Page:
His Last Day with Us

Ken started his last day like any other.  He rose and had coffee and breakfast with his wife of 50 years, Nancy in their winter home of Mesa, AZ.  Afterward he spent an hour practicing piano in preparation for the numerous performances that were coming up.  He then went to dance practice for the Good Time Singers, a singing and dancing group his was the director for.  He then met with Nancy for lunch at Subway down on Ellsworth Road.  They came back to their home and Ken decided to go grocery shopping.  Nancy went to go play bridge.

After returning from shopping, Ken practiced some more piano and then went on to band practice in the early afternoon.  He went early and helped setup chairs and hand out sheet music.  He was standing visiting with the tuba player before practice when without warning and with no distress, he stopped responding to conversation.  Those nearby sat him down on a nearby chair and then he slumped and they laid him on the floor.  He remained unresponsive and CPR was begun.  EMS was there in minutes and he was transported to nearby Banner Baywood Hospital.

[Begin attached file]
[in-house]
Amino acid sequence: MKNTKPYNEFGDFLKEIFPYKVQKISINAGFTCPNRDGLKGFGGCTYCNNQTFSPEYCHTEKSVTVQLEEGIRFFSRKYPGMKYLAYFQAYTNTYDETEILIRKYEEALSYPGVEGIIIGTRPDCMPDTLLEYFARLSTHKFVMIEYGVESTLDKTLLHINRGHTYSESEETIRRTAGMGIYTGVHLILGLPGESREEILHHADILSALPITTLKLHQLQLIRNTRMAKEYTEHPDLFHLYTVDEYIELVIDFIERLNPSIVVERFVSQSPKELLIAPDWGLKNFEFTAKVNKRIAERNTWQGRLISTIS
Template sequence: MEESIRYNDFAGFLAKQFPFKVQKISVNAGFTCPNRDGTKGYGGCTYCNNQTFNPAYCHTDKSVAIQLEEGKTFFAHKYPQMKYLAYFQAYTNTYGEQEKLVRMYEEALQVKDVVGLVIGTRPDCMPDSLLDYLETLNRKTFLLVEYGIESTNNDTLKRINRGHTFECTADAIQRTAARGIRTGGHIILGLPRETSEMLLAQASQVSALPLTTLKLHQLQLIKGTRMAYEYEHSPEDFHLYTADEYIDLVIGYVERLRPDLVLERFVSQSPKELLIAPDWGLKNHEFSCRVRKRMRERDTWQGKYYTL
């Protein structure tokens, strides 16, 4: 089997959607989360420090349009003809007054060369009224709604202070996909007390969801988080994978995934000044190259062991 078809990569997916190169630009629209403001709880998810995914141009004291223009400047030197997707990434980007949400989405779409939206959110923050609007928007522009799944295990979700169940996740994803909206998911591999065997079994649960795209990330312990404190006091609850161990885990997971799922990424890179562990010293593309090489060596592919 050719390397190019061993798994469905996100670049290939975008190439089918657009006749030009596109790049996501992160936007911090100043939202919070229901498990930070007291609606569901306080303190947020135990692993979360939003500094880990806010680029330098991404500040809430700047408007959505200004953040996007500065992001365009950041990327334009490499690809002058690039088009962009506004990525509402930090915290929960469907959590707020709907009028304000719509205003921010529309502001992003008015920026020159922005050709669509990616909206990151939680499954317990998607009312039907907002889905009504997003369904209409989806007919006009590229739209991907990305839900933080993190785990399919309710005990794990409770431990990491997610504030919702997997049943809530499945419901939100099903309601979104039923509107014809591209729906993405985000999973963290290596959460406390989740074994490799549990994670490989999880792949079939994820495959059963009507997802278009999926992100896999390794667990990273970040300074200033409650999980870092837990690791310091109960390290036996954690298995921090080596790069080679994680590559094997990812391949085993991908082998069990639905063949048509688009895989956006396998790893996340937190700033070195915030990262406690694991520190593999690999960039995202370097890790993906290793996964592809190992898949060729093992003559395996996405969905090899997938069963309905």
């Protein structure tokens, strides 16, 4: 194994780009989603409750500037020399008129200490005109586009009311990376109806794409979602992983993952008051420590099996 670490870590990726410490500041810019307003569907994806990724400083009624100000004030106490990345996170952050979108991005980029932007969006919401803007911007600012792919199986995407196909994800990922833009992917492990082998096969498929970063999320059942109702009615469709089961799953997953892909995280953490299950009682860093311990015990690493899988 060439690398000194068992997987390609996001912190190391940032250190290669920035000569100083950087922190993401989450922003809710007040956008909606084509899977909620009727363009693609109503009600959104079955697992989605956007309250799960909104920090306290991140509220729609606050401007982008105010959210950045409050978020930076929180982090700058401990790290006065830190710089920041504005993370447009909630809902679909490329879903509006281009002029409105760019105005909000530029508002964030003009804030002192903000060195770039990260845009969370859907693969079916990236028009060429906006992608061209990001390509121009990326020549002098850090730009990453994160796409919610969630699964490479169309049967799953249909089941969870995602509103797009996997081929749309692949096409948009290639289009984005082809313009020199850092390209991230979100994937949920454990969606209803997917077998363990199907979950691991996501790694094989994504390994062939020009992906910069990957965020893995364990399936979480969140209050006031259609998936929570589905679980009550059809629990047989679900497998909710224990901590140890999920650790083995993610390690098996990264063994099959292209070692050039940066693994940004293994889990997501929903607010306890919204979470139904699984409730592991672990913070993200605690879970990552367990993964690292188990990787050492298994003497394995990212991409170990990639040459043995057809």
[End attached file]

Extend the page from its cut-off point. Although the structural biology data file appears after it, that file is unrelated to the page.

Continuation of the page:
After a heroic hour of work by the first responders, paramedics, doctors and nurses he was pronounced dead at approximately 3:50 pm.  Nancy was called from her bridge game and reached his side as they put Ken in the ambulance.  She rode with him to the hospital.  She said she knew he was gone when there where loading him into the ambulance.  He had gone to be with a larger choir.

Those visiting with him during his last minutes said that he was there with them joking and laughing one minute and then he was gone.   He died with no pain, no distress and no fear.  He died doing what he loved – visiting, laughing and joking around with friends against the backdrop of music and in this instance, band.

Ken had struggled with asthma most of his adult life, but for the last year he had little or no asthma trouble.   He had spend the summer on the farm, working and preparing for the family reunion in September.  He had not been able to work this hard in the years before because of his asthma.   He never was able to help setup chairs for band practice before until this year so he was feeling great serving in this way.     He had danced, sang and played musical instruments the day he died and had a very, very good day.

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